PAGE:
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this is work in progress, which deserves a lot more thinking and elaboration, still ....

this is work in progress, which deserves a lot more thinking and elaboration, still ....

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  • 1. Some thoughts on design research, models and simulations Peter SloepFriday, May 4, 12
  • 2. Overview • Part I: ‘ordinary research’, the essentialia • Part II: design research, the differences • Part III: modelsFriday, May 4, 12
  • 3. Caveat • A quick and dirty introduction to some aspects of the philosophies of science and technology • Sometimes less than accurate, sometimes plain wrong, but always in an attempt to be useful.Friday, May 4, 12
  • 4. Ordinary research, aimed at understanding and controlFriday, May 4, 12
  • 5. Theoretical models Ia Ib S1 S2 S3 IcFriday, May 4, 12
  • 6. Theoretical models smoke therapy Ia Ib S1 S2 S3 healthy Ic cancer dead therapyFriday, May 4, 12
  • 7. • for a model to be useful, you need • descriptive apparatus, vocabulary • rules for how to use it, grammar, syntax • rules that uses the vocabulary and syntax to describe possible model behavioursFriday, May 4, 12
  • 8. • rules about possible behaviours are interesting • they are generalizations, subsume instances of model behaviour • form: whenever X then YFriday, May 4, 12
  • 9. • all kinds of vocabularies and syntaxes • math.: diff. equations, finite automata, probability calculus • computer languages: Stella, Netlogo • ordinary language (but formal languages are much more powerful because they allow inferences from axioms)Friday, May 4, 12
  • 10. What use are models? • Are the generalizations true of the world? • you test a model • predict future behaviour, check if it occurs • yes: more confidence • no: adapt or fully reject modelFriday, May 4, 12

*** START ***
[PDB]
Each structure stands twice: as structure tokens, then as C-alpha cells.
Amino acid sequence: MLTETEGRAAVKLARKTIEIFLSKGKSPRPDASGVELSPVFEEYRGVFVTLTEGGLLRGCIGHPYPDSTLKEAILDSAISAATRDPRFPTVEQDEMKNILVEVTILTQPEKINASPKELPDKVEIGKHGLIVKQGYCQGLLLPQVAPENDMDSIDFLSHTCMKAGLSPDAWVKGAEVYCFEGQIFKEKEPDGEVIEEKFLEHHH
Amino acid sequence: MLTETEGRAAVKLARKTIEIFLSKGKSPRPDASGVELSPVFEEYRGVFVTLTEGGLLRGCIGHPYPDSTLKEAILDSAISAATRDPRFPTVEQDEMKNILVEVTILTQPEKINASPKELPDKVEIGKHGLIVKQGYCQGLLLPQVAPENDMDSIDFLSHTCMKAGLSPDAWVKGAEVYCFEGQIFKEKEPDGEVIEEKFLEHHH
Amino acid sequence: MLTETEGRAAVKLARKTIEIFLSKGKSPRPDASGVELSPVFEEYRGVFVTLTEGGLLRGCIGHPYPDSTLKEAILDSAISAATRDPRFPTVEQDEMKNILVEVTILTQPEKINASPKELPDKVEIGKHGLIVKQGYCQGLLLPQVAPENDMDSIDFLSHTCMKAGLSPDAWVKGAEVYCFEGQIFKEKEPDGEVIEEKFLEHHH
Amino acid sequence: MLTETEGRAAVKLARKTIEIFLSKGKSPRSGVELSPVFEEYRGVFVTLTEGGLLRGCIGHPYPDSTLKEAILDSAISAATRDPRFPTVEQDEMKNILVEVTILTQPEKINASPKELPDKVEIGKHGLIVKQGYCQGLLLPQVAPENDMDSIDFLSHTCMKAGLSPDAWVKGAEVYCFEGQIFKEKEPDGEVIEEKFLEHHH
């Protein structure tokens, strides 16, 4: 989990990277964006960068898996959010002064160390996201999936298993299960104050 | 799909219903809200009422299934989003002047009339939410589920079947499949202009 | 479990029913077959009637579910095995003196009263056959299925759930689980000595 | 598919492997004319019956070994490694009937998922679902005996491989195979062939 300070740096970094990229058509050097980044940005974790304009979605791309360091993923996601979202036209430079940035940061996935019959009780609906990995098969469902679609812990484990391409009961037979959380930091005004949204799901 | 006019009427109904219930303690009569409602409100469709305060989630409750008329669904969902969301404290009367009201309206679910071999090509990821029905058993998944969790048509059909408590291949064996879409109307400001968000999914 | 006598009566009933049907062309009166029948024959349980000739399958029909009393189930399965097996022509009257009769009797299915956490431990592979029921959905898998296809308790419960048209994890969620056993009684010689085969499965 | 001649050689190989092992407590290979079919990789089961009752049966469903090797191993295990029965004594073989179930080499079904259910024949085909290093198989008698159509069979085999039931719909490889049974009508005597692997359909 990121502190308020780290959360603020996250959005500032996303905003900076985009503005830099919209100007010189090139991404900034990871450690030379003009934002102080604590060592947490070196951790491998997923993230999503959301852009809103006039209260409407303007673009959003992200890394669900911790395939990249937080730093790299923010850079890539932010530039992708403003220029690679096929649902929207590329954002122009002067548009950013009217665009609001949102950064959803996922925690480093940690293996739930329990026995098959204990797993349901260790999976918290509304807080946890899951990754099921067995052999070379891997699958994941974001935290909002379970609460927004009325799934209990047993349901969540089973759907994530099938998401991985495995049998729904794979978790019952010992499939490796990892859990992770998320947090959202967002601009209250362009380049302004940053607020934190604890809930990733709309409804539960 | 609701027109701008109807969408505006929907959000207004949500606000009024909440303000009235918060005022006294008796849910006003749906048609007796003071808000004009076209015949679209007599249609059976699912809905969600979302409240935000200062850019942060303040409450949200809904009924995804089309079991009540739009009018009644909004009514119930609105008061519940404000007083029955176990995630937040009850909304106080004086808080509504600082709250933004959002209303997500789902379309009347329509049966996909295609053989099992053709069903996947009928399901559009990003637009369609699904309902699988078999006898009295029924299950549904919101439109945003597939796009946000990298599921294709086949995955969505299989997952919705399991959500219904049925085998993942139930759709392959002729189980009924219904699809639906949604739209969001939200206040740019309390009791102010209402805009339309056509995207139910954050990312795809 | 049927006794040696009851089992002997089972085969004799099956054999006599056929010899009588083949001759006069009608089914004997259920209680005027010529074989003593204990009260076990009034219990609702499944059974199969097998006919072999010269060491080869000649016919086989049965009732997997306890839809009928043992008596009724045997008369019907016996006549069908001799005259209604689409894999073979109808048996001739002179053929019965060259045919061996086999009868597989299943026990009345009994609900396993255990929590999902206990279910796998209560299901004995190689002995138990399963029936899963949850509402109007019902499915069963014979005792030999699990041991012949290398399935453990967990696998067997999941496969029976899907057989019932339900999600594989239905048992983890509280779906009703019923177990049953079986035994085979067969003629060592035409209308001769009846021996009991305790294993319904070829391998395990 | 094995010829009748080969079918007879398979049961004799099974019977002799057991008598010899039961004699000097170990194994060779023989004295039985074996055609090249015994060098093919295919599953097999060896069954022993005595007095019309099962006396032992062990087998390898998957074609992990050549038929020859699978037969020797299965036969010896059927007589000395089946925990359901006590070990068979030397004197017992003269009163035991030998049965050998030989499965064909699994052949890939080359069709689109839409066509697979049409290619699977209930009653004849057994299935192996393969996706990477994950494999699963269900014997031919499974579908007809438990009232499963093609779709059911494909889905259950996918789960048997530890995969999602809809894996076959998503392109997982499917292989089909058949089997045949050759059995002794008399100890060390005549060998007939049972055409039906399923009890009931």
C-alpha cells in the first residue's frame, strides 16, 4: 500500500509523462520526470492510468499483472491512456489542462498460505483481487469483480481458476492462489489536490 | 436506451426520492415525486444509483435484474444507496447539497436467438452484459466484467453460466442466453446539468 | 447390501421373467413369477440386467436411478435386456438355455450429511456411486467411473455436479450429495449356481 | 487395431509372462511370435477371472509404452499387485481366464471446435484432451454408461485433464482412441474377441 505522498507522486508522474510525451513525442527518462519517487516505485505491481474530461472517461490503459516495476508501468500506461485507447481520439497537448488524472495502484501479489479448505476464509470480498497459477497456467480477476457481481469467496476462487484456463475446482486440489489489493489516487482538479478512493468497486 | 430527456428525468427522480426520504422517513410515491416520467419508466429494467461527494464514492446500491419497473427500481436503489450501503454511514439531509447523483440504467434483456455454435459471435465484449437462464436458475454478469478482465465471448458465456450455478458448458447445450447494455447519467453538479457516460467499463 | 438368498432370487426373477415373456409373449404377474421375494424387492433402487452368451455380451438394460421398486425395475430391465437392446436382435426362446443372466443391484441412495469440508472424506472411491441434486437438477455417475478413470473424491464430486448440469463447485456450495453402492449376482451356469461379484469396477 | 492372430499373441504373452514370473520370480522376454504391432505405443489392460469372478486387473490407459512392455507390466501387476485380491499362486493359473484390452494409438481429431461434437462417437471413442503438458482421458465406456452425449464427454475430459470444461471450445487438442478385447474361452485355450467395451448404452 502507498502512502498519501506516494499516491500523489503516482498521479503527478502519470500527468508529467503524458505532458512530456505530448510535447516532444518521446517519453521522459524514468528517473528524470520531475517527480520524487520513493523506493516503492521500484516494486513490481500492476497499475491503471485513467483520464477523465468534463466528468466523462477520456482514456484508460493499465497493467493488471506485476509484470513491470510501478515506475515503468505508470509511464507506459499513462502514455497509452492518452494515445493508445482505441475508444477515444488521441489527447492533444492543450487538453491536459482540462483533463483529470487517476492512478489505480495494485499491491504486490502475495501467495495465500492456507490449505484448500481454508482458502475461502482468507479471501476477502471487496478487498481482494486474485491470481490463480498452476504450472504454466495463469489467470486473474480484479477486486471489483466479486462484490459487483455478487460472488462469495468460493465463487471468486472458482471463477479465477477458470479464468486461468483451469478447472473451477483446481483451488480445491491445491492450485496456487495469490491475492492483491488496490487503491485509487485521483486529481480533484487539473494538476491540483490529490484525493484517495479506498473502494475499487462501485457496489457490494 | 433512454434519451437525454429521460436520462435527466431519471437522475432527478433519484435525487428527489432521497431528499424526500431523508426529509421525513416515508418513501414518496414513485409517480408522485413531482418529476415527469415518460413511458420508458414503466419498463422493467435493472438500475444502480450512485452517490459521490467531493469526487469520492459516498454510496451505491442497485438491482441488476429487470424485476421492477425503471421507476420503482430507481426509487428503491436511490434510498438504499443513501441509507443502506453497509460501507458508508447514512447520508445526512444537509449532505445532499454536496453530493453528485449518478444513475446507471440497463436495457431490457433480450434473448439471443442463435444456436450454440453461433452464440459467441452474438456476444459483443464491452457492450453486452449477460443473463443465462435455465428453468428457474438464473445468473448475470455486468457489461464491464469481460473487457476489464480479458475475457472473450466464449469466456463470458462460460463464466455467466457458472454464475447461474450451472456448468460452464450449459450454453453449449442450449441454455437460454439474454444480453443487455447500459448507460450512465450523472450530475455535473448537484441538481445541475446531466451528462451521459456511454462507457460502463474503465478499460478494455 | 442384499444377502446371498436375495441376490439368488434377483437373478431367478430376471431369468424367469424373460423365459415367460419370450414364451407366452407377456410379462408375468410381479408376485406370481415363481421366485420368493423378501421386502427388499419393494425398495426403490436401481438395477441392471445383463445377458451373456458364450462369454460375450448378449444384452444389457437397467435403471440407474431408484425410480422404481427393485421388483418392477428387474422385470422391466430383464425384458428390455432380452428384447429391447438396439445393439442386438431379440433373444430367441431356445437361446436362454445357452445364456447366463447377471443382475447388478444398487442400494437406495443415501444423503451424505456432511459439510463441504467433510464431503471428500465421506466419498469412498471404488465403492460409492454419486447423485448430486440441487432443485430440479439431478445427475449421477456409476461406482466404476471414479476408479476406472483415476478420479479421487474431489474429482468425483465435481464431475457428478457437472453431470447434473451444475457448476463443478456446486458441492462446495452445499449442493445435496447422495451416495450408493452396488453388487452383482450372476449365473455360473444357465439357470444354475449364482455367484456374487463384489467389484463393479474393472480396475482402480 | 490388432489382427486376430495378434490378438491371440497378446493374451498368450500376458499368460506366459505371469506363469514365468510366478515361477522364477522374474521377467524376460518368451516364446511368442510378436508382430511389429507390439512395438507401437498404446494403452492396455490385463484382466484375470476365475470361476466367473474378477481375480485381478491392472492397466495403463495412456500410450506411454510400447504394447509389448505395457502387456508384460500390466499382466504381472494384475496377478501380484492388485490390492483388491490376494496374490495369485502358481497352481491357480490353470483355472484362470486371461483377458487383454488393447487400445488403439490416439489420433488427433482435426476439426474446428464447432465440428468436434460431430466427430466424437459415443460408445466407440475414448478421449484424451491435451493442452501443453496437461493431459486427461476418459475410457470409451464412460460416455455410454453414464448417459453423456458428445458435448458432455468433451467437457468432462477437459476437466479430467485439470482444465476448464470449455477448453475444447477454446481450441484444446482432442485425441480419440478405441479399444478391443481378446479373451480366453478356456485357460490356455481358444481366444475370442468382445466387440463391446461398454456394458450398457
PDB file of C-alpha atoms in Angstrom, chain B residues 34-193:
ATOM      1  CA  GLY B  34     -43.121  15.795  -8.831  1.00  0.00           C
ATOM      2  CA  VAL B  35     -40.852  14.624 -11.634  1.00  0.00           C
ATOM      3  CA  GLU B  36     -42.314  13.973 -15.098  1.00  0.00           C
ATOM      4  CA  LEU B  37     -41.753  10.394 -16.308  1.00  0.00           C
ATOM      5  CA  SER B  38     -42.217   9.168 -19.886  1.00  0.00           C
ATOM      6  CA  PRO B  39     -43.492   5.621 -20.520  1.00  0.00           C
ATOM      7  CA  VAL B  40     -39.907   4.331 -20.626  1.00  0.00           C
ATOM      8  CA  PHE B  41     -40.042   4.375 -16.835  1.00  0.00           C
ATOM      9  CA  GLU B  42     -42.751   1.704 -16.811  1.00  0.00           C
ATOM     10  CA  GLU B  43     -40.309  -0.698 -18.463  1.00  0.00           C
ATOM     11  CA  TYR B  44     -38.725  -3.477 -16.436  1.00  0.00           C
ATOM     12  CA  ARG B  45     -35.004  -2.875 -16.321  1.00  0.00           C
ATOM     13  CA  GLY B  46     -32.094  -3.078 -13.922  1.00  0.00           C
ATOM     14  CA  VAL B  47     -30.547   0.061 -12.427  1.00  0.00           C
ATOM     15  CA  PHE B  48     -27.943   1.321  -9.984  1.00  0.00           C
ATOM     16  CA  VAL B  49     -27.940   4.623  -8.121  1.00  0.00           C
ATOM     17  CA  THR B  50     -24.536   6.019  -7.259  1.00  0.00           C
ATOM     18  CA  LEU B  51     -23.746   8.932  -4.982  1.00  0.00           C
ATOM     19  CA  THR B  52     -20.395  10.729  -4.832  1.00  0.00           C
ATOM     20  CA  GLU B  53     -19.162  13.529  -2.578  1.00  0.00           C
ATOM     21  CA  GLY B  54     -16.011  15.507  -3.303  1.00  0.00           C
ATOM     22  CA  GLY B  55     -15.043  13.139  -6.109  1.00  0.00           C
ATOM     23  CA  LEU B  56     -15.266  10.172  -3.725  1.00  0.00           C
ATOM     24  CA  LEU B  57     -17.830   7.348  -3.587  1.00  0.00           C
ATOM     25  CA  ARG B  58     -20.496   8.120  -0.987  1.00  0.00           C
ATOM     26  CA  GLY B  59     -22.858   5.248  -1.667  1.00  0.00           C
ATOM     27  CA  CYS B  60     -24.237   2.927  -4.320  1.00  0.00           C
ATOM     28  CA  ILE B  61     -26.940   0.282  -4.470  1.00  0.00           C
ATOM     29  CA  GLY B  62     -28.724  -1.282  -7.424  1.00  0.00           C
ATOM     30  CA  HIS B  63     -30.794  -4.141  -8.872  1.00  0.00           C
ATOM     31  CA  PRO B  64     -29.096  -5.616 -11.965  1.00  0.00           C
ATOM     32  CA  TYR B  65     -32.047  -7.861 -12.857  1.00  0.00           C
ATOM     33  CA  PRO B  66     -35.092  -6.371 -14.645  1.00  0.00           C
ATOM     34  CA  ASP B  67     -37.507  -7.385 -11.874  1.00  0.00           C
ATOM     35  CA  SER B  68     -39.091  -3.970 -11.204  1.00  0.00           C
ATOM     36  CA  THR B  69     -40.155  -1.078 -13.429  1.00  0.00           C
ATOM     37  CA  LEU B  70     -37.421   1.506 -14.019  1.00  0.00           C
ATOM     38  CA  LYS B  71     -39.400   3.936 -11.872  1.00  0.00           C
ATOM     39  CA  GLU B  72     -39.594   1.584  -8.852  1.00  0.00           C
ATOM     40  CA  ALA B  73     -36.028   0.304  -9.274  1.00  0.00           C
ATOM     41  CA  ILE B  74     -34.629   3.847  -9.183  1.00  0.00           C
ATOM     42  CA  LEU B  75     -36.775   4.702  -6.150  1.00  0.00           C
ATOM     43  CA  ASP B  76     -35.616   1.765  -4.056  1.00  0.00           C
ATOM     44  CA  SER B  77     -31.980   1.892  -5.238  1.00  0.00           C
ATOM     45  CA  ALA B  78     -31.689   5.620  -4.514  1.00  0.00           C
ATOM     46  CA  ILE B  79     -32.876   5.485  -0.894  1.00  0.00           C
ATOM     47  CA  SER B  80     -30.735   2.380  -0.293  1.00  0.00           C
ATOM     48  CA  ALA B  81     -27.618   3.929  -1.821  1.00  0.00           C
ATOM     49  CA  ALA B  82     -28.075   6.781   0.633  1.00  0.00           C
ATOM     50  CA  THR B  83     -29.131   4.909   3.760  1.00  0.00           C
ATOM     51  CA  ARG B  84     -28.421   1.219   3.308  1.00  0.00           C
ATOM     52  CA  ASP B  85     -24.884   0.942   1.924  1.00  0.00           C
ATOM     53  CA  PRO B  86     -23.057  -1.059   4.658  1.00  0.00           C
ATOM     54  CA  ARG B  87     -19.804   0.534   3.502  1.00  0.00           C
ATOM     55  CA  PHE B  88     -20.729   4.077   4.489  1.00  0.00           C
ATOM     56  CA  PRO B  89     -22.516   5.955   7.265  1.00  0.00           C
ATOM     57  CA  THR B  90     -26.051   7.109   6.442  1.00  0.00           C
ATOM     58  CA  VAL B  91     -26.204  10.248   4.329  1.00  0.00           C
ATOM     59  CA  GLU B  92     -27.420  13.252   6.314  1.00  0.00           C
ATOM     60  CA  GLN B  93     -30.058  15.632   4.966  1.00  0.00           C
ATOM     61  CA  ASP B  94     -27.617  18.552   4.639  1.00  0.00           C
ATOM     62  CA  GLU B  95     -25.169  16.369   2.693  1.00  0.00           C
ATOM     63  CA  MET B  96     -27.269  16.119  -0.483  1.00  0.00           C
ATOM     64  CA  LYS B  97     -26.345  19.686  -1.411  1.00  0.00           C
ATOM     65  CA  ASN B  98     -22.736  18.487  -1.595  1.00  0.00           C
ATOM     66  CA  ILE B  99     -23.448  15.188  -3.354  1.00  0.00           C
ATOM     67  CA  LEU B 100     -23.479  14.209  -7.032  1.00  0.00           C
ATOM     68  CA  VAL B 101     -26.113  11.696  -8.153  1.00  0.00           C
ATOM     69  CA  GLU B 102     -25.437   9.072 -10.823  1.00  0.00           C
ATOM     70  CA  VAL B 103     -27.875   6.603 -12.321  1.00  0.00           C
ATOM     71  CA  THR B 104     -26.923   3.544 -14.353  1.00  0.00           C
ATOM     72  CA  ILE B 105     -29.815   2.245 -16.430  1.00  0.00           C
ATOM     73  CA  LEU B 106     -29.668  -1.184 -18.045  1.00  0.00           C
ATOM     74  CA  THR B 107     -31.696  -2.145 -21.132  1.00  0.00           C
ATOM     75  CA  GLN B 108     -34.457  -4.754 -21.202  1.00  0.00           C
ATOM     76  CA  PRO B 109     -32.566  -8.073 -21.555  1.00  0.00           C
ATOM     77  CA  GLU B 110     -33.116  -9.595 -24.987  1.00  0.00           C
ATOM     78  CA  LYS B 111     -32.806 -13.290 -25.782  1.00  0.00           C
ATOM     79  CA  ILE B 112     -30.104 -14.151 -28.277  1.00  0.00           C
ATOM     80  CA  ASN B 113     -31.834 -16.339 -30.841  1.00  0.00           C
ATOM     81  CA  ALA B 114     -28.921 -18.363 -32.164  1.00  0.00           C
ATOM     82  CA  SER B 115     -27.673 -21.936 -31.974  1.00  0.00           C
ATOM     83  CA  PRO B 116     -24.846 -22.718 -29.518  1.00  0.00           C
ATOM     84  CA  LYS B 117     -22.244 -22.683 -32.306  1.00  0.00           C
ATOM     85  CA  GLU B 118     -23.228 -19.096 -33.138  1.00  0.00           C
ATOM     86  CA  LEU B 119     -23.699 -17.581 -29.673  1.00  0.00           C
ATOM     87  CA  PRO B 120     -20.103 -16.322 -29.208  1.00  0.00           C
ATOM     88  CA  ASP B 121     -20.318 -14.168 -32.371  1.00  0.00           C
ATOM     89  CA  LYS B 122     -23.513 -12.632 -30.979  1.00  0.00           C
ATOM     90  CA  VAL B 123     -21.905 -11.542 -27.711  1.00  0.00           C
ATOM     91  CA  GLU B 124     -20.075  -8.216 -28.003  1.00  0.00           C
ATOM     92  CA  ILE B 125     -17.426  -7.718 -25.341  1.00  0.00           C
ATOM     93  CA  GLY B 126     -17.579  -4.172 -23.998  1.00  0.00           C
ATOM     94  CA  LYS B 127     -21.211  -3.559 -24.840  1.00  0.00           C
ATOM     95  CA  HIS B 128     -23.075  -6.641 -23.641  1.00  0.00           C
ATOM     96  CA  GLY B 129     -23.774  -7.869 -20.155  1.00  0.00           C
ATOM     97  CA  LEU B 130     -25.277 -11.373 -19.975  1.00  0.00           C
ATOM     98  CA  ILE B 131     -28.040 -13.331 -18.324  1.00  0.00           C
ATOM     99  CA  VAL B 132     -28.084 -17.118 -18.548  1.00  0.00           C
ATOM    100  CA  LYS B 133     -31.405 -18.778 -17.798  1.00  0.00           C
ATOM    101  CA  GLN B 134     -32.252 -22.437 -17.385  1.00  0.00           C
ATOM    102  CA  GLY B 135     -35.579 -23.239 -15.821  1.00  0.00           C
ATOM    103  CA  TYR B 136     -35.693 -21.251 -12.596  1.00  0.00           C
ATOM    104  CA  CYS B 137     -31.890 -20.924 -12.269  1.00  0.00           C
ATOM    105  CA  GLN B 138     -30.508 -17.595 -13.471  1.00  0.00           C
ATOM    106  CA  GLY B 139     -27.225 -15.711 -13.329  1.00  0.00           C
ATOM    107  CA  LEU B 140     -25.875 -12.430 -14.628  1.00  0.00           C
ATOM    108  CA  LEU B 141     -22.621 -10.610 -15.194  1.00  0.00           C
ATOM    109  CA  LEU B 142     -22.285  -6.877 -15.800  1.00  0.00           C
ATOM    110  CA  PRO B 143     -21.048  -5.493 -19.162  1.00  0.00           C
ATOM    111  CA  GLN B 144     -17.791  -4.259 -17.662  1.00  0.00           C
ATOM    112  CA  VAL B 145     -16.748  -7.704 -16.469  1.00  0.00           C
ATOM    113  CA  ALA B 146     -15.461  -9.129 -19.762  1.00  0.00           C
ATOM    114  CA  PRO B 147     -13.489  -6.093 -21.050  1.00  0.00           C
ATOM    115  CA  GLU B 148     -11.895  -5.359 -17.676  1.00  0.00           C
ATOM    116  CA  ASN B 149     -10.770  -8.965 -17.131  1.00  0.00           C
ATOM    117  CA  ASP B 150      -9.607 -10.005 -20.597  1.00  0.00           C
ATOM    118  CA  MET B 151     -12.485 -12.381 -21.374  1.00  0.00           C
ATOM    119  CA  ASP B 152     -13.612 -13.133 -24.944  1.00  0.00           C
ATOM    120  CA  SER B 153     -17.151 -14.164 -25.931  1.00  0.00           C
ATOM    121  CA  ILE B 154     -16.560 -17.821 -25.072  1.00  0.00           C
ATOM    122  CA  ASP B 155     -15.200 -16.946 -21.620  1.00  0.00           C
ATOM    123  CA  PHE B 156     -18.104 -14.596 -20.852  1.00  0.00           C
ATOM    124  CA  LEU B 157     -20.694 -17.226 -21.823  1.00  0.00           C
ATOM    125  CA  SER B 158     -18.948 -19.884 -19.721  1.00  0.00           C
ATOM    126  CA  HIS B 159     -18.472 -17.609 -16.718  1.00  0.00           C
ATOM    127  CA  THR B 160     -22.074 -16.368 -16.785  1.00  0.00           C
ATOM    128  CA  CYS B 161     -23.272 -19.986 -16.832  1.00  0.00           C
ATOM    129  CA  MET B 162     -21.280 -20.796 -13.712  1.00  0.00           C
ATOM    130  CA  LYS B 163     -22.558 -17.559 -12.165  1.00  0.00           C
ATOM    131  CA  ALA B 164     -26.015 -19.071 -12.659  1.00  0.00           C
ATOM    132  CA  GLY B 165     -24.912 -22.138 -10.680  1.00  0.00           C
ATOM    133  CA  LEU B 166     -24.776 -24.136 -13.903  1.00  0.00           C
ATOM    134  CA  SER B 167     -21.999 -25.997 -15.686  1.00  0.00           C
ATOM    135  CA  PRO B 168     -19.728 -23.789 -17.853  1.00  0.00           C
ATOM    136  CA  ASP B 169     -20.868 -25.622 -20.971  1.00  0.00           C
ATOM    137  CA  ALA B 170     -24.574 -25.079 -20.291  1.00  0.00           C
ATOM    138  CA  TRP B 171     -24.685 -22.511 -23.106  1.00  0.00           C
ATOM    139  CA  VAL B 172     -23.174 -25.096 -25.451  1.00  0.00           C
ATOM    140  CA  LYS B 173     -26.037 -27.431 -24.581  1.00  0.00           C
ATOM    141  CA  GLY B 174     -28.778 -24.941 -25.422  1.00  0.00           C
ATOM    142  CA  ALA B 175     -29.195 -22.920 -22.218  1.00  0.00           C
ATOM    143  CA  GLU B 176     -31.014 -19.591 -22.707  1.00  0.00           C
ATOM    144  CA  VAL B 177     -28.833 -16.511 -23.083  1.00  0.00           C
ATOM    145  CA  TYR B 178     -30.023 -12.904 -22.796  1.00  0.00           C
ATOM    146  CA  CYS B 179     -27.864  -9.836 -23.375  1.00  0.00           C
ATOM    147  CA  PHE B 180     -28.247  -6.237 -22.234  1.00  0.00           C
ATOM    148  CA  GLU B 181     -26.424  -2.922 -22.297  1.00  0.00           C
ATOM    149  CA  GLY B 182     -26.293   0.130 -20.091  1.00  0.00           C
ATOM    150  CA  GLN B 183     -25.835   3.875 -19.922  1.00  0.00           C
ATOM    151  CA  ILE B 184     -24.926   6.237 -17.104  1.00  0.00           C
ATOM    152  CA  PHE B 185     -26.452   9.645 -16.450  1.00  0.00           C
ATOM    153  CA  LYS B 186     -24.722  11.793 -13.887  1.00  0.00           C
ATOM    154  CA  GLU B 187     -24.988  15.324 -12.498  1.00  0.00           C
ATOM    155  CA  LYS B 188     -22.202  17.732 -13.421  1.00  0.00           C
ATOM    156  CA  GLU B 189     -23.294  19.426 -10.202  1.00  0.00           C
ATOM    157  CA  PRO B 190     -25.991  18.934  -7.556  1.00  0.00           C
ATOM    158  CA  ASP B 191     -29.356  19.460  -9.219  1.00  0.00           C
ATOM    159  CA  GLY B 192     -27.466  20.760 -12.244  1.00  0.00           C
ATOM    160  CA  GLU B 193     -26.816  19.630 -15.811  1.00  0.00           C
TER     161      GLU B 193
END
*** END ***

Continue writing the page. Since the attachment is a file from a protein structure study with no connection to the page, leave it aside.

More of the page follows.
• 11. • A word on statistics • some models are stochastic, their behaviour is stochastic • but all data are subject to chance variation; you use statistics for the latter, to quantify uncertainty in your decision to accept the model or reject itFriday, May 4, 12
  • 12. What use are models? • Are the generalizations useful in the world? • you explain the world by using model generalizations on phenomena • you control the world by using the model to predict phenomenaFriday, May 4, 12
  • 13. Design research, focused on artefact design for controlFriday, May 4, 12
  • 14. • artefacts are designed and developed to help control the empirical world • there always are desired phenomena, the artefact causes them to occur • there thus is a targeted state of the world and an obtained state of the worldFriday, May 4, 12
  • 15. St Si So IFriday, May 4, 12
  • 16. • building an aeroplane to fly • setting up an organization (bank) to lend money to investors • building a learning network to facilitate competence development, creativity and knowledge sharing of non-formal learnersFriday, May 4, 12
  • 17. Artefactual models • As the artefact is to perform a function, you now build a model that describes the artefact’s behaviour, using bits and pieces of relevant theoretical models • Such a model I call an artefactual model, to distinguish it from theoretical modelsFriday, May 4, 12
  • 18. Test • to the extent it incorporates theoretical models, confidence carries over from them • to the extent it rests on untested assumptions (structural and parametric) you test it • experts, independent tests • you thus contribute to theor. model dev.!Friday, May 4, 12
  • 19. Simulate • Use the artefuactual model to explore the artefact’s behaviour through simulations • Empirical tests are costly, dangerous, unethical, etc. • Simulations are pseudo-performance tests of the artefact • They may lead to design improvementsFriday, May 4, 12
  • 20. Empirical test • Carry out empirical tests of artefact performance • effectiveness - gap between actual and desired behaviour • efficiency - costs of obtaining desired performance level increase • sustainability - costs of maintenanceFriday, May 4, 12
  • 21. HowFriday, May 4, 12
  • 22. Model ingredients 1. identify the system and its boundaries: draw a causal network 2. identify variables and constants 3. identify state variables (‘laws of succession’, variables that describe state transitions) and and input variables (variables that drive change)Friday, May 4, 12
  • 23. 1. choose output variables, what changes you want to measure (could be a state variable) 2. choose a suitable modelling language • analytic, using math. equations, often differential equations • numerical, using computers, dedicated language, e.g. Netlogo, Stella, Brahms, ...Friday, May 4, 12